We debrief extensively. We go through every single flight, every turn. What did you do here? What cues were you using, how did you do that, how did you make the airplane do that? And we try to learn from each experience. The reason we all do that in peace time is so that we know we’re as competent as anybody can be so that if we have to go fight with those things, we’re better than anybody else. (Elite Fighter Pilot)
How do we get feedback on our performance, and how do we make that feedback actionable? Patting ourselves or someone else on the back and saying, “Good job!”, when we both know it wasn’t doesn’t do anyone any good.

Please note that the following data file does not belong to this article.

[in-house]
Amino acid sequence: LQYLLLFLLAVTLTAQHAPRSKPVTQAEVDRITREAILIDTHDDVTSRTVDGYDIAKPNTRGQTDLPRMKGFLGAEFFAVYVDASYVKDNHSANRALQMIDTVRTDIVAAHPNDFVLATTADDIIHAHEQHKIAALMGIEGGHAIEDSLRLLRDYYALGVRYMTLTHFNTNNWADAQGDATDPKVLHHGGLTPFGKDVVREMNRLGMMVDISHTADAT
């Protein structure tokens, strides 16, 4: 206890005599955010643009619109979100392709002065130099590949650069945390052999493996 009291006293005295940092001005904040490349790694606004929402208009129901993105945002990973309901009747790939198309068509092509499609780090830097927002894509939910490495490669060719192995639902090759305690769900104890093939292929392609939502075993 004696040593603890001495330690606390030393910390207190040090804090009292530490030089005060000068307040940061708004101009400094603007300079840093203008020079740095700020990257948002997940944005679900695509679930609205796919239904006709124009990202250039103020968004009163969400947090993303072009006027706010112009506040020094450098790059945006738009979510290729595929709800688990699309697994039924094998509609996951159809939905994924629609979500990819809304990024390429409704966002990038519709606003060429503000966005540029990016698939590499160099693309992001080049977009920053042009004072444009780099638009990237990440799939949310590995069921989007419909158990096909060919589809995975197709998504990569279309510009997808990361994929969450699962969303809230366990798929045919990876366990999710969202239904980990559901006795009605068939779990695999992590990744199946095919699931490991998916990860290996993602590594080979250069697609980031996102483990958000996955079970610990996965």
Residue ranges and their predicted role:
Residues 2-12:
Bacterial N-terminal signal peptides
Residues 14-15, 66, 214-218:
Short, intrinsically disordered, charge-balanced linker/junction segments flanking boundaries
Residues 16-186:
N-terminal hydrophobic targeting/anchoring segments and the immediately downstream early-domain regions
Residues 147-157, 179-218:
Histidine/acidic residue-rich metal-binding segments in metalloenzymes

We need to be weighed in the balance. We need an honest evaluation of our performance, the bad with the good, in order to get better.
For me, it helps to have a partner or coach, or even better, a community of practice. I need people who watch me perform, who are knowledgeable in my area of performance, and whom I trust and can be vulnerable with.
It’s often hard to see ourselves in an objective light. It is helpful, if painful, to see our performance through the eyes of others.
At the same time watching them perform, or listening to their ideas of how an expert ought to perform, can teach us what to practice, how to practice, and how to perform better.
The pain of evaluation leads to the joy of success.